This is a brief overview of classification in the sport and is in no way legally binding. In all cases the sport-specific classification rules will take precedence. For further questions please contact



In order to safeguard the integrity of fair competition, all Para sports have a system in place which aims to ensure that winning is determined by sporting factors such as skill, fitness, power, endurance, tactical ability and mental focus, the same factors that account for success in sport for able bodied athletes.  

This system is called classification.  

Through classification, it is determined which athletes are eligible to compete in a sport and how those athletes are then grouped together for competition, in order to minimise the impact of those athletes’ impairments on sport performance. 

Classification is sport-specific because an impairment affects the ability to perform in different sports to a different extent. As a consequence, an athlete may meet the criteria to compete in one sport, but may not meet the criteria in another sport. Having an impairment is thus not sufficient for an athlete to compete in Para sport.

The groupings of athletes by the degree of activity limitation resulting from their impairments are called ‘Sport Classes’. This, to a certain extent, is similar to grouping athletes by age, gender or weight. 

Classification across the Paralympic Movement is governed by the IPC Athlete Classification Code and Standards. More information about classification can be found here.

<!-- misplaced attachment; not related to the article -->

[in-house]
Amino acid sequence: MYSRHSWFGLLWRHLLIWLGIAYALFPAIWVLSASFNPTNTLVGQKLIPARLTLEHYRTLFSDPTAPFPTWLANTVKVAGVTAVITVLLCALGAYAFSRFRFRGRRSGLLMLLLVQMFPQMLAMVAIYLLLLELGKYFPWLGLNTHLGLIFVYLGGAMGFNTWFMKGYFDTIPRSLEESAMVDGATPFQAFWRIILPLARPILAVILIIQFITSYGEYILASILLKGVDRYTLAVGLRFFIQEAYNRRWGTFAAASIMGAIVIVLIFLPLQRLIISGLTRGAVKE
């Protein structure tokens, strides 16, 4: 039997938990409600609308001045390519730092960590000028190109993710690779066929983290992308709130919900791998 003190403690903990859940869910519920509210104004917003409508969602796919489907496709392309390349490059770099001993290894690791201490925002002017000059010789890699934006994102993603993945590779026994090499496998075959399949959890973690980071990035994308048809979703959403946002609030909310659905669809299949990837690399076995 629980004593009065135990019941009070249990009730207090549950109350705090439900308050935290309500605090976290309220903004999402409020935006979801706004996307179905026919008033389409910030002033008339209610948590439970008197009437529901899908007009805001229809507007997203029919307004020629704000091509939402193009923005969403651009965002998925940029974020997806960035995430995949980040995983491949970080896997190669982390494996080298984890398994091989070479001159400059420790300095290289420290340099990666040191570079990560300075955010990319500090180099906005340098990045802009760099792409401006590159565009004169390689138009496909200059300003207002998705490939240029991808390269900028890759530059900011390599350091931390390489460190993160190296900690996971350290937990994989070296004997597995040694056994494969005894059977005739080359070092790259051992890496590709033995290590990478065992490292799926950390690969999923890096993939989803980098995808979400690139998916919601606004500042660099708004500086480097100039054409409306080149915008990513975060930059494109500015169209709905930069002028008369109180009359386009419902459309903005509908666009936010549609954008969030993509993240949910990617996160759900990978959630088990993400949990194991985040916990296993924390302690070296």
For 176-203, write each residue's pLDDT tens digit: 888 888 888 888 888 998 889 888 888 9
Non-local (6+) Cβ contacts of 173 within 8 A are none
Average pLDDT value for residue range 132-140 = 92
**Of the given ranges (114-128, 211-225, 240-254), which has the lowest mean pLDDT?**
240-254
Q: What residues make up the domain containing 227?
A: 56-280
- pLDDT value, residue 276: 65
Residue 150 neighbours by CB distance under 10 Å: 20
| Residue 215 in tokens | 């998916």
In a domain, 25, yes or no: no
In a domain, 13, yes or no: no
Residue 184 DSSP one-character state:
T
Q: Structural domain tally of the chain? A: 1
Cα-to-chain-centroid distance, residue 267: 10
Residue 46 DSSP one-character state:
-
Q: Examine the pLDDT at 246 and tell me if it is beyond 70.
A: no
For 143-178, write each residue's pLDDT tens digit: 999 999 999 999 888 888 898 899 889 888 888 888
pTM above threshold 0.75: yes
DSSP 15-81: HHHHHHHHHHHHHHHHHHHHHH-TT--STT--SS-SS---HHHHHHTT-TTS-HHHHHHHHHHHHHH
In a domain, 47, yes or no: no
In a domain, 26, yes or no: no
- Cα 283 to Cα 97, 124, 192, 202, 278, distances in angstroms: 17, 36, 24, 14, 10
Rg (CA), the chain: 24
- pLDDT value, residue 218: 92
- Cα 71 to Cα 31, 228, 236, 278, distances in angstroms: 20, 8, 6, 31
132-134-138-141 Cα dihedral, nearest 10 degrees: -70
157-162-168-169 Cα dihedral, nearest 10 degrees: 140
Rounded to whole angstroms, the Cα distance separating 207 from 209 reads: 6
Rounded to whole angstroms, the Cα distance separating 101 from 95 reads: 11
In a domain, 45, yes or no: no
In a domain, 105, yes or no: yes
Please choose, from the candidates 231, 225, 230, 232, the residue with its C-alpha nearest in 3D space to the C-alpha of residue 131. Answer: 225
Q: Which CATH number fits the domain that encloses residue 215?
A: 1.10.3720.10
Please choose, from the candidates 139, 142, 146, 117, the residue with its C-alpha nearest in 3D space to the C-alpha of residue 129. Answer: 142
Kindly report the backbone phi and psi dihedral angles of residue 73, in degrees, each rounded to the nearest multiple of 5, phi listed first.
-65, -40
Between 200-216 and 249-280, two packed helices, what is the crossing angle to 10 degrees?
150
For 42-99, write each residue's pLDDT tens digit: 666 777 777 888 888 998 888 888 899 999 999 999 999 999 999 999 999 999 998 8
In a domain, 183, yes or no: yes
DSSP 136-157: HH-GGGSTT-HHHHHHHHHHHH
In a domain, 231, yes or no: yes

Para Powerlifting is open to athletes with one or multiple of the eight eligible physical impairments.

All athletes have an impairment in their lower limbs or hips that meets the minimum impairment criteria to compete in Para Powerlifting.


All athletes in Para Powerlifting have one or more of the following impairments: 

Impaired Muscle Power Reduced force generated by muscles or muscle groups, such as muscles of one limb or the lower half of the body, as caused, for example, by spinal cord injuries, spina bifida or polio.
Impaired Passive Range of Movement Range of movement in one or more joints is reduced permanently, for example due to arthrogryposis. Hypermobility of joints, joint instability, and acute conditions, such as arthritis, are not considered eligible impairments.
Limb Deficiency Total or partial absence of bones or joints as a consequence of trauma, illness or congenital limb deficiency.
Leg Length Difference Bone shortening in one leg due to congenital deficiency or trauma.
Short Stature Reduced standing height due to abnormal dimensions of bones of upper and lower limbs or trunk, for example due to achondroplasia or growth hormone dysfunction.
Hypertonia Abnormal increase in muscle tension and a reduced ability of a muscle to stretch, due to a neurological condition, such as cerebral palsy, brain injury or multiple sclerosis.
Ataxia Lack of co-ordination of muscle movements due to a neurological condition, such as cerebral palsy, brain injury or multiple sclerosis.
Athetosis Generally characterised by unbalanced, involuntary movements and a difficulty in maintaining a symmetrical posture, due to a neurological condition, such as cerebral palsy, brain injury or multiple sclerosis.



There is one sport class in Para Powerlifting. All eligible athletes compete in this sport class, however competition is divided by gender and in weight categories.


Classification Rules and Regulations
Classification Forms and Documents